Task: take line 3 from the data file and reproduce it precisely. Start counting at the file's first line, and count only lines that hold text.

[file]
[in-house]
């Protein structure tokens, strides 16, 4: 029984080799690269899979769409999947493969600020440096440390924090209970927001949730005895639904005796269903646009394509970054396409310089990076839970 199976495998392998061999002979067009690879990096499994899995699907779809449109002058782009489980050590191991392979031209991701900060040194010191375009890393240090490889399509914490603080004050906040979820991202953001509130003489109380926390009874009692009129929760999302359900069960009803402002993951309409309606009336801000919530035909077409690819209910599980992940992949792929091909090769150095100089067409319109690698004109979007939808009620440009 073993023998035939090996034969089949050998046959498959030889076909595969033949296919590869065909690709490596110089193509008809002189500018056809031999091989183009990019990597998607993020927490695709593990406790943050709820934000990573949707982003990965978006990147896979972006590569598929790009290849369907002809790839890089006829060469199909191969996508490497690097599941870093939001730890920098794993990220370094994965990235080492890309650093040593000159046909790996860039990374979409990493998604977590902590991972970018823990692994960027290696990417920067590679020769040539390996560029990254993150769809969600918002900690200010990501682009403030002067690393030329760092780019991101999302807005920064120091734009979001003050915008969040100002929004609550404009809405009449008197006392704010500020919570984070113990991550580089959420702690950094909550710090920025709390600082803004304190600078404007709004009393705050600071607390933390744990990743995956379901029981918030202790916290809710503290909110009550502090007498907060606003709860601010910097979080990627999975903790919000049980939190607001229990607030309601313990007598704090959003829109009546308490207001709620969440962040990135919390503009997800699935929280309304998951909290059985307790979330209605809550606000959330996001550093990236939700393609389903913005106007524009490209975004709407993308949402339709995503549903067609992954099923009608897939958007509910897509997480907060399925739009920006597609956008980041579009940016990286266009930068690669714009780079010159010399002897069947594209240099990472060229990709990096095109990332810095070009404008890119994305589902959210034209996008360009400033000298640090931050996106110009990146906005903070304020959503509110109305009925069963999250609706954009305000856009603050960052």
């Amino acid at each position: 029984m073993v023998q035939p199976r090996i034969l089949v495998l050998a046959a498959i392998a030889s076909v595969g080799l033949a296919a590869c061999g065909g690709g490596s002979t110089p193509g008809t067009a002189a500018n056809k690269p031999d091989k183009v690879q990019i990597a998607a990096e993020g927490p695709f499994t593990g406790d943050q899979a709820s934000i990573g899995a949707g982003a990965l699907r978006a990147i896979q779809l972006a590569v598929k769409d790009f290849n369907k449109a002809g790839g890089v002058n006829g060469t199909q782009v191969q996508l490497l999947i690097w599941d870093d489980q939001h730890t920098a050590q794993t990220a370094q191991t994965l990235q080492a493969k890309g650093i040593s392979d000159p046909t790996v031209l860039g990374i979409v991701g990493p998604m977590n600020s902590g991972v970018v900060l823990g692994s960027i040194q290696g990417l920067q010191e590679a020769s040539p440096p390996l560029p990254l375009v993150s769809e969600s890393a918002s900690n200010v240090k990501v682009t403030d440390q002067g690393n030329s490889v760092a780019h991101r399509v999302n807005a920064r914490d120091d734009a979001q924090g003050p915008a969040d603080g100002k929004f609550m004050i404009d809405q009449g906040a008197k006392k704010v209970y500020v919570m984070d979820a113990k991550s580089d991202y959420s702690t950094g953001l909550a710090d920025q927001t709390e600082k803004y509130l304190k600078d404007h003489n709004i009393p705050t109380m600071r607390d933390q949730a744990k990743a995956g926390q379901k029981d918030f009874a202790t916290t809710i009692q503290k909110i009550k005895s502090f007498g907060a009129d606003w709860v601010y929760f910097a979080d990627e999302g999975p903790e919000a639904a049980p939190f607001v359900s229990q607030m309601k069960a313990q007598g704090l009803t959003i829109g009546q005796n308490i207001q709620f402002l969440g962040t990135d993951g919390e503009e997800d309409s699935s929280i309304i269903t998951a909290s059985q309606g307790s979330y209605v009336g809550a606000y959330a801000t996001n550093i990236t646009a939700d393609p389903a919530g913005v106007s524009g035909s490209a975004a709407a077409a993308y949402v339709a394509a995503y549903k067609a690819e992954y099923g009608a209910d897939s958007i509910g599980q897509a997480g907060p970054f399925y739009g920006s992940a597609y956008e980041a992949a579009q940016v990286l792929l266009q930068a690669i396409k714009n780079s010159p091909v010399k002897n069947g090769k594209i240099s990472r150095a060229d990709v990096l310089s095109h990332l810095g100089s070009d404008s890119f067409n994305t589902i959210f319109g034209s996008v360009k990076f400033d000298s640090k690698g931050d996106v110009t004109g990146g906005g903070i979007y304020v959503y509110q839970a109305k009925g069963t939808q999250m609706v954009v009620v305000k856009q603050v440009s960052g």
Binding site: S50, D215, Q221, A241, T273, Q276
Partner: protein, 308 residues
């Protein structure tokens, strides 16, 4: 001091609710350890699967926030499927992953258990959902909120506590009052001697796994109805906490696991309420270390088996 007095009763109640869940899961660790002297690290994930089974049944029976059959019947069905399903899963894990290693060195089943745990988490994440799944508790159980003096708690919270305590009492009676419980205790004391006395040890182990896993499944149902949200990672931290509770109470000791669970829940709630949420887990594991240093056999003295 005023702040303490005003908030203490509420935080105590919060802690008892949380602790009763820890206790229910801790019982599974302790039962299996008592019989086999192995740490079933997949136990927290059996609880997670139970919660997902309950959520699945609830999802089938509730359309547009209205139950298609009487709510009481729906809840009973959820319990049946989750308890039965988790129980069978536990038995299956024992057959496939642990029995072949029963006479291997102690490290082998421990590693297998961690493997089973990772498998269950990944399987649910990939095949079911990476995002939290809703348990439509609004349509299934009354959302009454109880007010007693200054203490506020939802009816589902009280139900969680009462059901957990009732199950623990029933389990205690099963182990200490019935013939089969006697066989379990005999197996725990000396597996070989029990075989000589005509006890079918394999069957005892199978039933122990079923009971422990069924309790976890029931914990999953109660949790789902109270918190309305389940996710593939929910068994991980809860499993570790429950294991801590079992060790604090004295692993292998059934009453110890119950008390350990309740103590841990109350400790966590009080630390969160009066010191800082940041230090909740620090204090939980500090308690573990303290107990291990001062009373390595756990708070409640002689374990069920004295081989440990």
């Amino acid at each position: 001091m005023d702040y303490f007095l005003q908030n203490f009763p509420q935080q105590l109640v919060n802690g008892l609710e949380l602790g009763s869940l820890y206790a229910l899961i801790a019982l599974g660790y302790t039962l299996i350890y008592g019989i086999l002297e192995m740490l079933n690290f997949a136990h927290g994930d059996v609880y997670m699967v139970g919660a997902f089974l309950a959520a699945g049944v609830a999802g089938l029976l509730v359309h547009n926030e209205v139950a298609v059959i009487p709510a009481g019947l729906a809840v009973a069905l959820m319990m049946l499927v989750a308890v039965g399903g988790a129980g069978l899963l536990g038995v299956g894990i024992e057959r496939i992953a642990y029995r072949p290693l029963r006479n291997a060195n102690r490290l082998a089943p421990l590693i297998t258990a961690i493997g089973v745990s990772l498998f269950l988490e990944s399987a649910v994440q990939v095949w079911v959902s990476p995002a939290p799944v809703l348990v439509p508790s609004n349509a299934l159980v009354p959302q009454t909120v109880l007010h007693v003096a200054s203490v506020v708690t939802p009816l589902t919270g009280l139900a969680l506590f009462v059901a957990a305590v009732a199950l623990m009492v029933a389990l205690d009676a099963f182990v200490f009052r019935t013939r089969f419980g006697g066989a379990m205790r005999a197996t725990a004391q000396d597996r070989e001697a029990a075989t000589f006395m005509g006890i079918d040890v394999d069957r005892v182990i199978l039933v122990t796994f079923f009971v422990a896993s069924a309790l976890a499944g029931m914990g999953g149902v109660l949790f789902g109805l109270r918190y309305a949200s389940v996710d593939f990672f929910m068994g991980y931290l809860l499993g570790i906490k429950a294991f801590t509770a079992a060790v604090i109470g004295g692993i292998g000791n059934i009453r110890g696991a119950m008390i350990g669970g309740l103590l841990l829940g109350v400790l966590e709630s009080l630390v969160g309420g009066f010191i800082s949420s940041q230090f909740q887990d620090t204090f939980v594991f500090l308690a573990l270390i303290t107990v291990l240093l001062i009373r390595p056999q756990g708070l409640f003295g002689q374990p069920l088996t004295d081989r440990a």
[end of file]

């Amino acid at each position: 029984m073993v023998q035939p199976r090996i034969l089949v495998l050998a046959a498959i392998a030889s076909v595969g080799l033949a296919a590869c061999g065909g690709g490596s002979t110089p193509g008809t067009a002189a500018n056809k690269p031999d091989k183009v690879q990019i990597a998607a990096e993020g927490p695709f499994t593990g406790d943050q899979a709820s934000i990573g899995a949707g982003a990965l699907r978006a990147i896979q779809l972006a590569v598929k769409d790009f290849n369907k449109a002809g790839g890089v002058n006829g060469t199909q782009v191969q996508l490497l999947i690097w599941d870093d489980q939001h730890t920098a050590q794993t990220a370094q191991t994965l990235q080492a493969k890309g650093i040593s392979d000159p046909t790996v031209l860039g990374i979409v991701g990493p998604m977590n600020s902590g991972v970018v900060l823990g692994s960027i040194q290696g990417l920067q010191e590679a020769s040539p440096p390996l560029p990254l375009v993150s769809e969600s890393a918002s900690n200010v240090k990501v682009t403030d440390q002067g690393n030329s490889v760092a780019h991101r399509v999302n807005a920064r914490d120091d734009a979001q924090g003050p915008a969040d603080g100002k929004f609550m004050i404009d809405q009449g906040a008197k006392k704010v209970y500020v919570m984070d979820a113990k991550s580089d991202y959420s702690t950094g953001l909550a710090d920025q927001t709390e600082k803004y509130l304190k600078d404007h003489n709004i009393p705050t109380m600071r607390d933390q949730a744990k990743a995956g926390q379901k029981d918030f009874a202790t916290t809710i009692q503290k909110i009550k005895s502090f007498g907060a009129d606003w709860v601010y929760f910097a979080d990627e999302g999975p903790e919000a639904a049980p939190f607001v359900s229990q607030m309601k069960a313990q007598g704090l009803t959003i829109g009546q005796n308490i207001q709620f402002l969440g962040t990135d993951g919390e503009e997800d309409s699935s929280i309304i269903t998951a909290s059985q309606g307790s979330y209605v009336g809550a606000y959330a801000t996001n550093i990236t646009a939700d393609p389903a919530g913005v106007s524009g035909s490209a975004a709407a077409a993308y949402v339709a394509a995503y549903k067609a690819e992954y099923g009608a209910d897939s958007i509910g599980q897509a997480g907060p970054f399925y739009g920006s992940a597609y956008e980041a992949a579009q940016v990286l792929l266009q930068a690669i396409k714009n780079s010159p091909v010399k002897n069947g090769k594209i240099s990472r150095a060229d990709v990096l310089s095109h990332l810095g100089s070009d404008s890119f067409n994305t589902i959210f319109g034209s996008v360009k990076f400033d000298s640090k690698g931050d996106v110009t004109g990146g906005g903070i979007y304020v959503y509110q839970a109305k009925g069963t939808q999250m609706v954009v009620v305000k856009q603050v440009s960052g």